The Hedge Schools of Ireland
A tribute to a people who valued learning
By Maura Ciarrocchi, ICSSA Newsletter, Oct 1999
Teaching, an ancient and honorable profession, was once a dangerous
calling in Ireland. Ruled from England for two centuries, the Irish
were denied access to both justice and education.
The early 18 century parents who were illiterate through no
fault of their own, and men who had somehow learned teaching skills
despite the law, took matters into their own hands. Determination
was their answer to frustration, and out of this the Irish hedge
schools were born.
Anyone who sheltered or housed a schoolteacher was
penalized if the secret was discovered. The familes house would be
burned, its crops destroyed. The Irish, however, have always been
masters of resourcefulness. To avoid involving families in risking
their homes and property, the hedge-school teacher took his
students out-of-doors. He would select a remote corner, the hidden
side of a hedge or a mossy bank that protected his pupils from
being spotted by passing strangers, and class was underway.
A secret system
An aura of excitement abounded in those schools. Perhaps doing
something forbidden" made the teaming juices flow. A different
student was selected each dayy to serve as a lockout and would give
the signal if a stranger was approaching. The few books and pieces
of paper were quickly hidden, and teacher and students scattered in
haste until the danger passed.
There is also strong evidence that the involvement of parents, who
paid something - however small - directly to the teacher, played a
major part in the success of the hedge schools. Denied an education
themselves, they wanted something better for their children.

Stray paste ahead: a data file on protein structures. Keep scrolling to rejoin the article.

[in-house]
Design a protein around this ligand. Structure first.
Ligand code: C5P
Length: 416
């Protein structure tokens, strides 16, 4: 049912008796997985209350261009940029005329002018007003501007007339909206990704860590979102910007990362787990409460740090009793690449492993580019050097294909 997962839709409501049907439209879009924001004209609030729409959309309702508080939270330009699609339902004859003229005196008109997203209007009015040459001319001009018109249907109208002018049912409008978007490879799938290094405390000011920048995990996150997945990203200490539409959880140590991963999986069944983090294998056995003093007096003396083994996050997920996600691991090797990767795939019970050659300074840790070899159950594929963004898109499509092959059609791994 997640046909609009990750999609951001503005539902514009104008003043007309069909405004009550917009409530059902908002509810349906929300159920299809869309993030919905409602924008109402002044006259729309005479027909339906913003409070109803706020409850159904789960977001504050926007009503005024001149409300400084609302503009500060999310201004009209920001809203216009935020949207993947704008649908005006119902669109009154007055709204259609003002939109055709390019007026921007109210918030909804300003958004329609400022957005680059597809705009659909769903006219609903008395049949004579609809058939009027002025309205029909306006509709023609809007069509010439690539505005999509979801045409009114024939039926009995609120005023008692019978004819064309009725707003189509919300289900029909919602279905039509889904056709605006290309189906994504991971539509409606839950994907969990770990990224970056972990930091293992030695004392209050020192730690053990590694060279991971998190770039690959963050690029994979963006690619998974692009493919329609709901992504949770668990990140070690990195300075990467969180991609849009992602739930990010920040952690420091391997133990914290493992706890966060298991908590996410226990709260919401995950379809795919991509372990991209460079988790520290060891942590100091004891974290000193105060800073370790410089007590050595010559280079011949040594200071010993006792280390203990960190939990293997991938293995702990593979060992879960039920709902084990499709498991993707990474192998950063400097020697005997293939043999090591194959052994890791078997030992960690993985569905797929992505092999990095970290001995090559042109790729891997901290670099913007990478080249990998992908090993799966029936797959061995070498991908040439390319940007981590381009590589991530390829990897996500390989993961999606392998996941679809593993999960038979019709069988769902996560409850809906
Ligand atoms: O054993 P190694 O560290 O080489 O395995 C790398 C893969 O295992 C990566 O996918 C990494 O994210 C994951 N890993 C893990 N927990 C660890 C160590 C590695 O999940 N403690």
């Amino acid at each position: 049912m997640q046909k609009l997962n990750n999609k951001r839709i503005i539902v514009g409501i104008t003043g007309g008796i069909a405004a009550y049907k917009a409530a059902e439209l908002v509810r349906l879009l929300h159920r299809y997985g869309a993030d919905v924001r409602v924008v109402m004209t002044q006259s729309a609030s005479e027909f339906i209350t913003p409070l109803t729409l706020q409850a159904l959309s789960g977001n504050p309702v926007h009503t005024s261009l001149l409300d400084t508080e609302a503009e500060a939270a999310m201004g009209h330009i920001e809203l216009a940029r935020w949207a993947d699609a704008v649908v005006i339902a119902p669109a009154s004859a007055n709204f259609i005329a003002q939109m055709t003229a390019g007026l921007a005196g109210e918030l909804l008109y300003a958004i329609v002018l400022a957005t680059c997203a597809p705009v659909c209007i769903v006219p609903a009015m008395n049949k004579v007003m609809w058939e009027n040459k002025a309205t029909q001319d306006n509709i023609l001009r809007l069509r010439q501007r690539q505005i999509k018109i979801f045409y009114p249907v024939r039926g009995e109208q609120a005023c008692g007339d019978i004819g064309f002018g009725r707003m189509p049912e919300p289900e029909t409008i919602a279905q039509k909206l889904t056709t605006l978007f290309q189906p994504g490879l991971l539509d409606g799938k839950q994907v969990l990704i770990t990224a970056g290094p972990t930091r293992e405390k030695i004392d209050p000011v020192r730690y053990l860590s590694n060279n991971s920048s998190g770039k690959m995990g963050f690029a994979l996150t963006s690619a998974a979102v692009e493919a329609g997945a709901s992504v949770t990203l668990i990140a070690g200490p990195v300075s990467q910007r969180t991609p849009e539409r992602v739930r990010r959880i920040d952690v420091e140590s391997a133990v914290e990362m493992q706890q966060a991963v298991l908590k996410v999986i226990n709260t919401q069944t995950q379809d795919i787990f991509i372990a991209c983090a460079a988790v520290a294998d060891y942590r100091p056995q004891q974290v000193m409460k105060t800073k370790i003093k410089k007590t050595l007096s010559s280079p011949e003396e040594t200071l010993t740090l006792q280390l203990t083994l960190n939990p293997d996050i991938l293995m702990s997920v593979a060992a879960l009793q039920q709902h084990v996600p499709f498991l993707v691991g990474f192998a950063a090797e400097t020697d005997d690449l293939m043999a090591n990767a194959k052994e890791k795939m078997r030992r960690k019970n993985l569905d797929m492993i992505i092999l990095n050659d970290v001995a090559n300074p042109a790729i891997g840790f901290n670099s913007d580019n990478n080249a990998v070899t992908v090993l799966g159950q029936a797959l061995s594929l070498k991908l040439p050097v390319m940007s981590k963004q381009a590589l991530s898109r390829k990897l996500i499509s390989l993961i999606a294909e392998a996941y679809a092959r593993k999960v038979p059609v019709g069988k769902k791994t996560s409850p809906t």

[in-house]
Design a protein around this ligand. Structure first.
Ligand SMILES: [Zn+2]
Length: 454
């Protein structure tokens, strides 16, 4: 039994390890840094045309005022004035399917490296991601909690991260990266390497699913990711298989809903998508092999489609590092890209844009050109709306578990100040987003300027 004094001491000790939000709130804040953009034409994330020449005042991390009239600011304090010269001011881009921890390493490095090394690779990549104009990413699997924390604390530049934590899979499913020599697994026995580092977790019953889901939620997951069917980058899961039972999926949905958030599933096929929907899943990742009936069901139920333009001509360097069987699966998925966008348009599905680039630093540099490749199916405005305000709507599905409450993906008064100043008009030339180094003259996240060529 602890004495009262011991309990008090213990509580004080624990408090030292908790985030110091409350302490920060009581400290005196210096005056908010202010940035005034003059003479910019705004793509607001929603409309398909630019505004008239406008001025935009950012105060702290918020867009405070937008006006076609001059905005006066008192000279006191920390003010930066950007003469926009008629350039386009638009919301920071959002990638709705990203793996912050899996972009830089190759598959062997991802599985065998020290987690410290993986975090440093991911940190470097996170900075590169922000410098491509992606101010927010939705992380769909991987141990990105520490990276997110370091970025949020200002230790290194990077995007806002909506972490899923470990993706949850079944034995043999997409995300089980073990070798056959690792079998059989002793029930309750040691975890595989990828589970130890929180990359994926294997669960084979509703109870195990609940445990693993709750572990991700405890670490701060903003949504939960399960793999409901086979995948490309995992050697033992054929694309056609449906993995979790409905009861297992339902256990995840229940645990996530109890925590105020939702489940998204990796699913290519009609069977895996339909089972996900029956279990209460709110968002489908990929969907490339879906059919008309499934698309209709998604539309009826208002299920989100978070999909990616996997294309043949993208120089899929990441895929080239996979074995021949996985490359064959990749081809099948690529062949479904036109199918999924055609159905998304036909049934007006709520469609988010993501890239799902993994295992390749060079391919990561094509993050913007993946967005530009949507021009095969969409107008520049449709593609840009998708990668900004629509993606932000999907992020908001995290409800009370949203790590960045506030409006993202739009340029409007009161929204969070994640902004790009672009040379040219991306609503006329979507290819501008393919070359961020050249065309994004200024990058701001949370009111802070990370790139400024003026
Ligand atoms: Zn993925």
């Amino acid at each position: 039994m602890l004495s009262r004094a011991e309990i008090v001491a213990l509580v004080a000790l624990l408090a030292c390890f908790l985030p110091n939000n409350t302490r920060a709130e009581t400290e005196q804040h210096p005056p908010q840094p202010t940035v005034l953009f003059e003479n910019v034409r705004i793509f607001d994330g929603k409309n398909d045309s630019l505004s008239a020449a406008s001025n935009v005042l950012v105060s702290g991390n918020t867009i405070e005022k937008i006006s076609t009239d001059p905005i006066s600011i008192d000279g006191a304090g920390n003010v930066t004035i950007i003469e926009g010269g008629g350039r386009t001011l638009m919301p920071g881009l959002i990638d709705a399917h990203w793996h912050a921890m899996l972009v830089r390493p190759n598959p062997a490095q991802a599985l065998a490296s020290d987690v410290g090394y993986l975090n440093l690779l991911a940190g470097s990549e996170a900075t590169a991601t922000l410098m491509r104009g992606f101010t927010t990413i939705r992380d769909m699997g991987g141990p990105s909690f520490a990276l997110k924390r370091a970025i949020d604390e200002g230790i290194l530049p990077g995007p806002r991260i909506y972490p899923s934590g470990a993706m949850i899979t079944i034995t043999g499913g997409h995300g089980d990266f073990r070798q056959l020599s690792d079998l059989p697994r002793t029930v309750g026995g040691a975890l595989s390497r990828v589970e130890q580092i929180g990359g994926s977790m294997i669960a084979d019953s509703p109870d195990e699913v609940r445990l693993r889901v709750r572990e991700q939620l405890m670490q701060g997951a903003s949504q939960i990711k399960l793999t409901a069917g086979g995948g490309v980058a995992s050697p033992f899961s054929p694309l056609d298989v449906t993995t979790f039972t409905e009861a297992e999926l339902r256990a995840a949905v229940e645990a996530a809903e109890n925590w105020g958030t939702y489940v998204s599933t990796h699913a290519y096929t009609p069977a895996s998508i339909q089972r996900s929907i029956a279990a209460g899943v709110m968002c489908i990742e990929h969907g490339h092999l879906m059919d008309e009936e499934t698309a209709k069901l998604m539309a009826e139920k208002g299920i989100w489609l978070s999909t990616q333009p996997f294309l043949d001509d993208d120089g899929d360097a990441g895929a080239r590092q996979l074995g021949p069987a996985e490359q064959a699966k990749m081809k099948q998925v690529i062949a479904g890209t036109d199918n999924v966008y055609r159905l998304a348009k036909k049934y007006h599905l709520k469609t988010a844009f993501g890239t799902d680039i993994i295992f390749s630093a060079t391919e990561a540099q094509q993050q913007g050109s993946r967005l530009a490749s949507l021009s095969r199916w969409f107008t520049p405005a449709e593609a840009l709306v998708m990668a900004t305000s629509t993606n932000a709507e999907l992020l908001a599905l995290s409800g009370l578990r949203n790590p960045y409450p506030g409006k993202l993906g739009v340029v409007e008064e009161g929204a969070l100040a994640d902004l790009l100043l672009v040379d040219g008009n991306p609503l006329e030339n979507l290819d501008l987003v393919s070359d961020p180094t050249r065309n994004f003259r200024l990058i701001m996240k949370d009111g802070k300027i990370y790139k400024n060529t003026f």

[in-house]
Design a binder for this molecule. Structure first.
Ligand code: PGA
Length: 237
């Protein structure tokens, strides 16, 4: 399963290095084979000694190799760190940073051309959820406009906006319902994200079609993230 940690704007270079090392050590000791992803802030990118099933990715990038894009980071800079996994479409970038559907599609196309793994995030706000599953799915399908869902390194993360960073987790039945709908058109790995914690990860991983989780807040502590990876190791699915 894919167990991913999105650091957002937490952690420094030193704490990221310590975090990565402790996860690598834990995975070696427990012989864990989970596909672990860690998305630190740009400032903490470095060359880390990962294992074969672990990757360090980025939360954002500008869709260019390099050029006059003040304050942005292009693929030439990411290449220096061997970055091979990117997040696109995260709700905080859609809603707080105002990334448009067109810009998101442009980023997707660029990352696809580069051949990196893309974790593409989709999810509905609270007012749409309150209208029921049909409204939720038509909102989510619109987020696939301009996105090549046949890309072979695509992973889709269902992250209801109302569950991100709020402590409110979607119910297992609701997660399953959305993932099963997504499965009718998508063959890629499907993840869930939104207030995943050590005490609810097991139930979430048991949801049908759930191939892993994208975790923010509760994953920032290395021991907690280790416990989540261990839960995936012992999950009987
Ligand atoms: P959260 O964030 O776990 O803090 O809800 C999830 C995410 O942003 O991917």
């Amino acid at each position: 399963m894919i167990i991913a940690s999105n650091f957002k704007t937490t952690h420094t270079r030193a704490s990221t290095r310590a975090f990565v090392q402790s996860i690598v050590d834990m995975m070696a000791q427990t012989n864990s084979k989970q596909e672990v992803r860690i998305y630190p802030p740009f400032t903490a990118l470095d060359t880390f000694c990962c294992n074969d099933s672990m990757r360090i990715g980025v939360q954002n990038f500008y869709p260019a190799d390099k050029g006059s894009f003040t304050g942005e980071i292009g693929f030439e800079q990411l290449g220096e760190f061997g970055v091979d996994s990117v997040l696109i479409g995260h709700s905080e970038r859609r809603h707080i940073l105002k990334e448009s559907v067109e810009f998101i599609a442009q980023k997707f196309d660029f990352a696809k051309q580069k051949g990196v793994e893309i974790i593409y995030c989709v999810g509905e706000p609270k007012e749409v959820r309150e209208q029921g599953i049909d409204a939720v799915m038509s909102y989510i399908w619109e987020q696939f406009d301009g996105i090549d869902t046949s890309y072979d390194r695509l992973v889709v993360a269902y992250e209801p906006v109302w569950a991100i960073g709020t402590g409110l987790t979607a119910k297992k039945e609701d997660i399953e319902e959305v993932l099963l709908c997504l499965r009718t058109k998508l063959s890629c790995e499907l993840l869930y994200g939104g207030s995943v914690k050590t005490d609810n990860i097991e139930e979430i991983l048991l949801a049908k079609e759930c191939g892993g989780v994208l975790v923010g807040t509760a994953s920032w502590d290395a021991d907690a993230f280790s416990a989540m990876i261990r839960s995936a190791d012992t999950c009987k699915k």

From this background the brightest or the most ambitious students
found their way into the army, the Church, Foreign Service, and the
legal and medical professions by way of European universities. It
is significant that from the 16th century through the middle of the
17th century, about 20 colleges for Irish Catholic students were
established on the continent. Salamanca, Lisbon, Douai, Antwerp,
Toulouse, Paris and Prague each boasted an Irish university. In
Rome, there were at least four foundations.
Some of the Irish who attended the European universities
received their early education in foreign schools, but it is also
on record that many had their early training at home - where only
the hedge schools had been open to them. This clearly speaks to
the academic standards of the open-air schools.
Elementary reading, writing and mathematics were the first
lessons, later followed by Latin, Greek, higher mathematics,
history, geography, bookkeeping, surveying and navigation. Travelers
to Ireland at the time wrote in their journals of the high standard
of classical learning among the ragged peasantry. They did not
conceal their surprise in references to "tattered copies of (the
works of) Ovid or Virgil found in the hands of common laborers, or
of conversing with farm hands in the classical languages.
Classes ceased during the winter, at least during the
earliest years of the hedge schools. During this period, the poor
teacher often found work as a farmhand or, if he dared, taught a
family secretly in a home. But with the first sign of winters end,
at an appointed time and place, the learning continued.
Students, both boys and girls, sat on smooth stones,
sometimes learning without the benefit of books, often writing with